What is the 'how to make children eat more vegetables' that scientists have verified in the field?

Vegetables are a

healthy food , but children who like and dislike them sometimes insist that they don't want to eat vegetables. A nutritionist at Pennsylvania State University in the United States has found 'a way to feed more than 1.5 times more vegetables than usual' from the results of a field survey on a strategy to feed these children more vegetables.

Promoting vegetable intake in preschool children: Independent and combined effects of portion size and flavor enhancement --ScienceDirect

Serving larger portions of veggies may increase young kids' veggie consumption | EurekAlert! Science News

Scientists Have Found a Sneaky Way of Getting Kids to Eat More Vegetables

Vegetables are rich in vitamins, minerals, dietary fiber, etc., and it is essential for health as there are research results that people who eat a lot of vegetables are less likely to get stroke, heart disease, and some types of cancer. It's food.

Do you eat vegetables? | e-Health Net (Ministry of Health, Labor and Welfare)

In Japan, it is recommended to have a well-balanced diet from the viewpoint of dietary education , and many people should have been told in their childhood that they should eat more vegetables because they are good for the body. However, small children often dislike vegetables, and 'my child dislikes vegetables ...' is a timeless parental concern.

In response to these voices, Hanim Dictus and his colleagues at Pennsylvania State University's Faculty of Nutrition have found a way to feed children more vegetables. Dictus et al. Have two strategies, 'changing the seasoning of vegetables' and 'increasing the amount of vegetables to be served,' using 67 children (26 boys and 41 girls) aged 3 to 5 who eat lunch at a nursery school. I investigated whether I could actually increase the amount of vegetables I eat.

The vegetables used in the experiment were broccoli and corn. For these two kinds of vegetables, '

Add 6.6% of vegetables by weight, Light Butter (calorie-off type butter) and 0.5% of salt,' and 'Double the amount to serve from 60g to 120g.' After that, I had the children eat it. Menus other than vegetables are fried white fish, rice, applesauce, and milk, and the experiment was conducted once a week for a total of four times over a four-week period. During the meal, we did not ask the children to eat vegetables, but instead asked them to eat as much as they wanted.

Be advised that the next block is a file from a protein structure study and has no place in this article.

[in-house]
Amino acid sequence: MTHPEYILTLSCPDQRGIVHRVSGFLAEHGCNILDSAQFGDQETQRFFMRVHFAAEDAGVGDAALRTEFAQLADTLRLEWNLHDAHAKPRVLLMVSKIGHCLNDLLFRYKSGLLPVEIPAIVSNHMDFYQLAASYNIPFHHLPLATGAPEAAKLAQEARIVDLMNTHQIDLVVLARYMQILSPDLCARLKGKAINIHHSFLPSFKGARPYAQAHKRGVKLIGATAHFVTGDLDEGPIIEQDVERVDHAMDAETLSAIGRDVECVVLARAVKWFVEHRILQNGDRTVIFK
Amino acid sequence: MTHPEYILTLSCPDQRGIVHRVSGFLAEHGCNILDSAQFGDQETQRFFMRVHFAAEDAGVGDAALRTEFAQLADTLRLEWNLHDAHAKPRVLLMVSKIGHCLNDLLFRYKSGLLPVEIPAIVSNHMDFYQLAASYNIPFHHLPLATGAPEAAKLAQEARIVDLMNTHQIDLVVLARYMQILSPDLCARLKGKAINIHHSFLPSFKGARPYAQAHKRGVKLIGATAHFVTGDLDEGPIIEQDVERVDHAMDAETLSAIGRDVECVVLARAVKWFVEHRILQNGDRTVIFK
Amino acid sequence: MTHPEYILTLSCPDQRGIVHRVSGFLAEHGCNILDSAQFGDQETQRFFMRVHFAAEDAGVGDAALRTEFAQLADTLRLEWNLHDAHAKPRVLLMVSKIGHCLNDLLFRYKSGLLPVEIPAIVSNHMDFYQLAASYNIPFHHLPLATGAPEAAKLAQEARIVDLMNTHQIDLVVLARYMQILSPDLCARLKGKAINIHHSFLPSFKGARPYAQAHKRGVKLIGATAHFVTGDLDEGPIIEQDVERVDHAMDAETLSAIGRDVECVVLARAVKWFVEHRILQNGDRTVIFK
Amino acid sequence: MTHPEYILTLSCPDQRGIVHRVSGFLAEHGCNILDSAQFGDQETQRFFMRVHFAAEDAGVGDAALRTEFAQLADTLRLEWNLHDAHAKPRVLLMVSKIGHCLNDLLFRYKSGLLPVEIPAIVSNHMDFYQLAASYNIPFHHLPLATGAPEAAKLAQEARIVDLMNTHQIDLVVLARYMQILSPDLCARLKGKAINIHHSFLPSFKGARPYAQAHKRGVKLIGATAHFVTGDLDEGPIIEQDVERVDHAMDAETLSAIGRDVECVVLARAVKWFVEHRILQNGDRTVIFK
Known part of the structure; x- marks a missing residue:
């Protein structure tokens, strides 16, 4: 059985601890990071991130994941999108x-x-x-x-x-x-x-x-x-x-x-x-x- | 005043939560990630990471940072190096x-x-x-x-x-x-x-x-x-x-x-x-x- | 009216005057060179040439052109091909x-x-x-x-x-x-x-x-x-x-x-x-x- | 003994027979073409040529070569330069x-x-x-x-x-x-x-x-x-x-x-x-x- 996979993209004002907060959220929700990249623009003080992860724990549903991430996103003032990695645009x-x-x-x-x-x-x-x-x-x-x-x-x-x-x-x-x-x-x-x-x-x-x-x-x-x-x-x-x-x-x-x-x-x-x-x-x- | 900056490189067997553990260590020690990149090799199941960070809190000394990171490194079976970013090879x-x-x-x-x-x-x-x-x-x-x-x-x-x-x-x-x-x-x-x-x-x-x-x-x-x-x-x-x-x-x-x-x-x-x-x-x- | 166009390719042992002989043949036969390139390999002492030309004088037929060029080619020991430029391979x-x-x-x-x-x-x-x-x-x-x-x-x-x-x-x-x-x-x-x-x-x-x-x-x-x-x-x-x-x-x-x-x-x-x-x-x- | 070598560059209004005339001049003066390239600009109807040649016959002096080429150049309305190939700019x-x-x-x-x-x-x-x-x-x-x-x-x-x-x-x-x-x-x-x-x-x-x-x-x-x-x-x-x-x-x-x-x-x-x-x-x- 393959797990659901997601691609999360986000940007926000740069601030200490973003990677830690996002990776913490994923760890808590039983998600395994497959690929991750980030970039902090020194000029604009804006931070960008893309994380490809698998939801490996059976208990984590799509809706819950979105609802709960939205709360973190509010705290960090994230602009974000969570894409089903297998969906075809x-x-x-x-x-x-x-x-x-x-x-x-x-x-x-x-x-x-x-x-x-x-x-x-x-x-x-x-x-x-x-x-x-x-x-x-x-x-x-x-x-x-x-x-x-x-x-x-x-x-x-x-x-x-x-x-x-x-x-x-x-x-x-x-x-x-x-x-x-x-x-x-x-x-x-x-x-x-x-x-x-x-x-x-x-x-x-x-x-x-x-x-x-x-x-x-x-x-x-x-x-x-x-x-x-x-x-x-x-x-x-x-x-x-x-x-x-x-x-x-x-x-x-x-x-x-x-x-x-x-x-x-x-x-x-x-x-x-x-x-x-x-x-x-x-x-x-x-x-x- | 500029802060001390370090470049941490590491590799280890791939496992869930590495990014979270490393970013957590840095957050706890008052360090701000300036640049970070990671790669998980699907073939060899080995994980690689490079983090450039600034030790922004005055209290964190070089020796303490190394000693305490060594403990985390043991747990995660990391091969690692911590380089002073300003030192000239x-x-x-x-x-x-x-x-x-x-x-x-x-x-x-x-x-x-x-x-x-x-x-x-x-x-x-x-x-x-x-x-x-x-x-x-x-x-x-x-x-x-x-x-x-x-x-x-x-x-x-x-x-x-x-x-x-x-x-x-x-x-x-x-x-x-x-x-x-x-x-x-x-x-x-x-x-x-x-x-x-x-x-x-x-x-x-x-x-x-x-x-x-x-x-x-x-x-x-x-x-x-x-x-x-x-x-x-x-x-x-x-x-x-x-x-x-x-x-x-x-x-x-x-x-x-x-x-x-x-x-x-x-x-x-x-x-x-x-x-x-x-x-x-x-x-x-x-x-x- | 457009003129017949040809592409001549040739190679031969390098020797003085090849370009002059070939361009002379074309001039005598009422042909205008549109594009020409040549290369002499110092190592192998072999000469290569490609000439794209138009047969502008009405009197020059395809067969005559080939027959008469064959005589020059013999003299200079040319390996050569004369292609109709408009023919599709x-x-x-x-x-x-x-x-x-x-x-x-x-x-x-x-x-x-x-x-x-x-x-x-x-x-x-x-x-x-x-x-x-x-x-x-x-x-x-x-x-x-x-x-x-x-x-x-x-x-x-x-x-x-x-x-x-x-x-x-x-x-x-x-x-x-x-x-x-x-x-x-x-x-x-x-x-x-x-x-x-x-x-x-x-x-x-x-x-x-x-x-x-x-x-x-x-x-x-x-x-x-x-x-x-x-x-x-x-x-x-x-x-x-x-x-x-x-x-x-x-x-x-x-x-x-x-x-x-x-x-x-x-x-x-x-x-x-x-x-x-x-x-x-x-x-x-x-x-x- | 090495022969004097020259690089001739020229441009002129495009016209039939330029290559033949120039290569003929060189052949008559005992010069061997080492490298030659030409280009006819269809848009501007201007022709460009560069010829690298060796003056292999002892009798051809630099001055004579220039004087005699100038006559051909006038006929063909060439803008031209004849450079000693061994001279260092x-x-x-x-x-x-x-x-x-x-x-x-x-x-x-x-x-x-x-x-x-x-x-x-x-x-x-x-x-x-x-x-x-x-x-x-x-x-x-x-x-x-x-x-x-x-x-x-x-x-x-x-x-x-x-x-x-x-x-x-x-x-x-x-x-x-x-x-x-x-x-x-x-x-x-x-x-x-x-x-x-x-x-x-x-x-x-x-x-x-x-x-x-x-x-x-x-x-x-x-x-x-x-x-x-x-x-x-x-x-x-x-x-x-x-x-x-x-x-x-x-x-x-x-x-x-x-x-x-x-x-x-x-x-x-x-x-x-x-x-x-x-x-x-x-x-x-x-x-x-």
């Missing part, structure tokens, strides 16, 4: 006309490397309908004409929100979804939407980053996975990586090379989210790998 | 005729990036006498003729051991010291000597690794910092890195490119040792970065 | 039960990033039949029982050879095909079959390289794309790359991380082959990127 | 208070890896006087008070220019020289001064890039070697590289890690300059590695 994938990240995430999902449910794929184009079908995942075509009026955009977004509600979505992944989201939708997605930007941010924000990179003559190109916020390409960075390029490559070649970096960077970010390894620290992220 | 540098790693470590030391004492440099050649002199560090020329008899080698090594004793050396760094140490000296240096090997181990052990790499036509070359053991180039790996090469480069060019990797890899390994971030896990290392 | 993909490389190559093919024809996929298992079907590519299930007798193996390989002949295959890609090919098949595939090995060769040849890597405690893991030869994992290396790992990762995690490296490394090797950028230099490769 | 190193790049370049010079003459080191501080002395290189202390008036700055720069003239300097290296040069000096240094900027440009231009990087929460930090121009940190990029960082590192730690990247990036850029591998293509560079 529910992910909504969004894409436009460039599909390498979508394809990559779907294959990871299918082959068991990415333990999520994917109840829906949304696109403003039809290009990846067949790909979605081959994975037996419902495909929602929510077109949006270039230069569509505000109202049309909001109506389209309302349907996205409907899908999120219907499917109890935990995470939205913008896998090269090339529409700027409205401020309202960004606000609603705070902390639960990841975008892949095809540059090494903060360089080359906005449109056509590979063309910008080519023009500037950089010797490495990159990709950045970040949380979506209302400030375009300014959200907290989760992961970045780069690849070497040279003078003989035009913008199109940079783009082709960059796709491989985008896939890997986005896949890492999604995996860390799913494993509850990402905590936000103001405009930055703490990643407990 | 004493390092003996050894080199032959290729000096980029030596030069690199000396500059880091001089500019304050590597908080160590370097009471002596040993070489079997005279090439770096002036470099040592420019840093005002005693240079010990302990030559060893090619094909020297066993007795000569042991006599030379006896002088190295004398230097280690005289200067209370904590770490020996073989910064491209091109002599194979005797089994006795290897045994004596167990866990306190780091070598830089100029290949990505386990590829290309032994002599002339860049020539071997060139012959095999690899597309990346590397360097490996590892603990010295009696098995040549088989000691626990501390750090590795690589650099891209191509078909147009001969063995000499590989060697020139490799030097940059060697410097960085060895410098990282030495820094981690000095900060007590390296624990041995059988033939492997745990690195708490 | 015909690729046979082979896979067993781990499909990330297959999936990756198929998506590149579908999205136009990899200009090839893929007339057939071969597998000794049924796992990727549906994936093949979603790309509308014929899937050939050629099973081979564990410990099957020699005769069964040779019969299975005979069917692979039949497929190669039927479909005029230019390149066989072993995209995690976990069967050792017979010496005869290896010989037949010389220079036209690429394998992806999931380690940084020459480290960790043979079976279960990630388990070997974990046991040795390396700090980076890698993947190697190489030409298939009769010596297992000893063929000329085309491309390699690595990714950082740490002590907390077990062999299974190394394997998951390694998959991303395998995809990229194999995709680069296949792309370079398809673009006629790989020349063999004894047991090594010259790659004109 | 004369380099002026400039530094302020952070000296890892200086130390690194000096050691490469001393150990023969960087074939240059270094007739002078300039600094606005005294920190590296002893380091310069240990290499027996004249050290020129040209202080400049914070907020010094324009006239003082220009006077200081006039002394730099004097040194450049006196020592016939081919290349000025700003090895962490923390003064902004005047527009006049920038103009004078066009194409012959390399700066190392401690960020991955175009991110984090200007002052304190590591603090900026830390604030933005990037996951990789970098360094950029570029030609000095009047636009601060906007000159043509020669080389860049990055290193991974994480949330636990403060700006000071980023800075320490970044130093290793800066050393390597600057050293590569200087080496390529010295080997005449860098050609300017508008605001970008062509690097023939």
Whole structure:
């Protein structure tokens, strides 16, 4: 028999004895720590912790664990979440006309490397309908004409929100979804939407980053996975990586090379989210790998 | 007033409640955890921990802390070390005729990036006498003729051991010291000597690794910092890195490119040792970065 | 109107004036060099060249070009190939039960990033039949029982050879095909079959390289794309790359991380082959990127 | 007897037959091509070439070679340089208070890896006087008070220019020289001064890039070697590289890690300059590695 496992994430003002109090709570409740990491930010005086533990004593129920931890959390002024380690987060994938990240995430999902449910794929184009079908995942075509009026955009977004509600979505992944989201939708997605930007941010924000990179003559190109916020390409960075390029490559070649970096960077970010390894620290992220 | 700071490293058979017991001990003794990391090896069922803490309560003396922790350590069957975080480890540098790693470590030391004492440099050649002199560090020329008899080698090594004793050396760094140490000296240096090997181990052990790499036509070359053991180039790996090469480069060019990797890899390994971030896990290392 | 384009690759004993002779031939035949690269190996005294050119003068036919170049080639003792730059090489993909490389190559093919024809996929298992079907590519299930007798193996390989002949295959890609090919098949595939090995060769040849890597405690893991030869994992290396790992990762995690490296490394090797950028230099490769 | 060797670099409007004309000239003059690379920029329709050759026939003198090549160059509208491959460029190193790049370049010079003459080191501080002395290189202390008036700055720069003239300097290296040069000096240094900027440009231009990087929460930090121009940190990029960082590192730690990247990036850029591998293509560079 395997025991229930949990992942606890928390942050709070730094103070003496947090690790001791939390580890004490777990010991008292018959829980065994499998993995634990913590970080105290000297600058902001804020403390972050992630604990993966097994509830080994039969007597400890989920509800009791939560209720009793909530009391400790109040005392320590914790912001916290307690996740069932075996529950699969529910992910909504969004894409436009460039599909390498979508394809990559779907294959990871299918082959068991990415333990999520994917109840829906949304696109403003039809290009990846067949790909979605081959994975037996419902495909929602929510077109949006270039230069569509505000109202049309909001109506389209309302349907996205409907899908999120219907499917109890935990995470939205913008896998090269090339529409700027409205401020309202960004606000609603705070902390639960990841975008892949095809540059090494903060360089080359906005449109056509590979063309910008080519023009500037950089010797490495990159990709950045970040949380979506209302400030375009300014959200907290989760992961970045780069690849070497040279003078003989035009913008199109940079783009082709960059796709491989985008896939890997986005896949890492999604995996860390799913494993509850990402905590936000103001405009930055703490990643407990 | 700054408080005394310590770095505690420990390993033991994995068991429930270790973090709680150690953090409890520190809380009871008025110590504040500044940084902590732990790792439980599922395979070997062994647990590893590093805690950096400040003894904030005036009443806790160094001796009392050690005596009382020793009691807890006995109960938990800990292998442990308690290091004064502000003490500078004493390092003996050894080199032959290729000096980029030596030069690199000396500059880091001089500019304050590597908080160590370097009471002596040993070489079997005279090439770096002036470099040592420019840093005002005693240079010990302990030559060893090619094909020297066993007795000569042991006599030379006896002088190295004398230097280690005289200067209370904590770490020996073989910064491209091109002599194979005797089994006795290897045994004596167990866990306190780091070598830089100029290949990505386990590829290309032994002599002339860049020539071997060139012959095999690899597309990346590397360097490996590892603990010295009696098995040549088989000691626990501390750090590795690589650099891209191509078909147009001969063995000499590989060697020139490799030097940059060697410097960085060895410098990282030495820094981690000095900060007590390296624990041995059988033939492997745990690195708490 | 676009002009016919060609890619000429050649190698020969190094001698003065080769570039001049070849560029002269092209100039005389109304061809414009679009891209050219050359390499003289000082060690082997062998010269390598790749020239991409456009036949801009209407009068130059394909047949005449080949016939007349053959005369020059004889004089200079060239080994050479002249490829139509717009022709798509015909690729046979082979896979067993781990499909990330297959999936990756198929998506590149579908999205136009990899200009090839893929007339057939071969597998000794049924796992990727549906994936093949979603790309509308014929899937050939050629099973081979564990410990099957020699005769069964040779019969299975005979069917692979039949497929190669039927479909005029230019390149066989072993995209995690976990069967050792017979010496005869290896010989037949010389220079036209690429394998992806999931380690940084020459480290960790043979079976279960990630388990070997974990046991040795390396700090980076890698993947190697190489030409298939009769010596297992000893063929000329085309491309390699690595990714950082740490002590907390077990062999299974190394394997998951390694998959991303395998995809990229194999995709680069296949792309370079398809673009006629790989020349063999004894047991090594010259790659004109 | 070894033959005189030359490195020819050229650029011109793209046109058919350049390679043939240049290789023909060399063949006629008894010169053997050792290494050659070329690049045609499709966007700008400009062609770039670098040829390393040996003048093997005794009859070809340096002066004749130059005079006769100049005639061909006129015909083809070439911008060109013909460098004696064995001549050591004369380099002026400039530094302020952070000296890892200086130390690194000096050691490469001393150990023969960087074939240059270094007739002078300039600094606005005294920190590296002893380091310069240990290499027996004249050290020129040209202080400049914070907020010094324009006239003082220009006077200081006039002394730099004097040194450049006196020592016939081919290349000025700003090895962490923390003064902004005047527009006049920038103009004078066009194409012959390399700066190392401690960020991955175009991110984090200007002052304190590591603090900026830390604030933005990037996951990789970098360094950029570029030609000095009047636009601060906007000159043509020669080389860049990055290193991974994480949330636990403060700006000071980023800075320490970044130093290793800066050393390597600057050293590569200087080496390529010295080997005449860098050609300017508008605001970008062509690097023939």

When we measured the weight of vegetables after eating, it was found that only the strategy of 'doubling the amount to serve' was effective among the above two strategies. There was no change in intake when seasoned with butter or salt, but an average increase in intake of 21 g (68%) was observed when the amount served was doubled. Furthermore, in the strategy of doubling the amount to be served, the result was confirmed that 'the intake of foods other than vegetables does not change'.

According to the results of interviews conducted after meals, 76% or more of the vegetables served by any strategy answered that they were 'delicious' and 'fair', and the methods of 'changing the seasoning' and 'increasing the amount' were both subjective. It is known that it does not affect the taste of vegetables. From this, the research team concludes that 'increasing vegetables during meals can increase a child's vegetable intake, but it does not need to be seasoned with butter or salt.'

In addition, the broccoli and corn that were the subjects of this experiment were selected because they are 'generally liked, but they are not the most favorite foods', and the research team has different results depending on the vegetables. Emphasized that there is a possibility of coming out. Based on the results of this research, he plans to continue his research, including the possibility that if the amount of food served is increased too much, the child may become unpleasant and eat less.

in Science,   Junk Food, Posted by darkhorse_log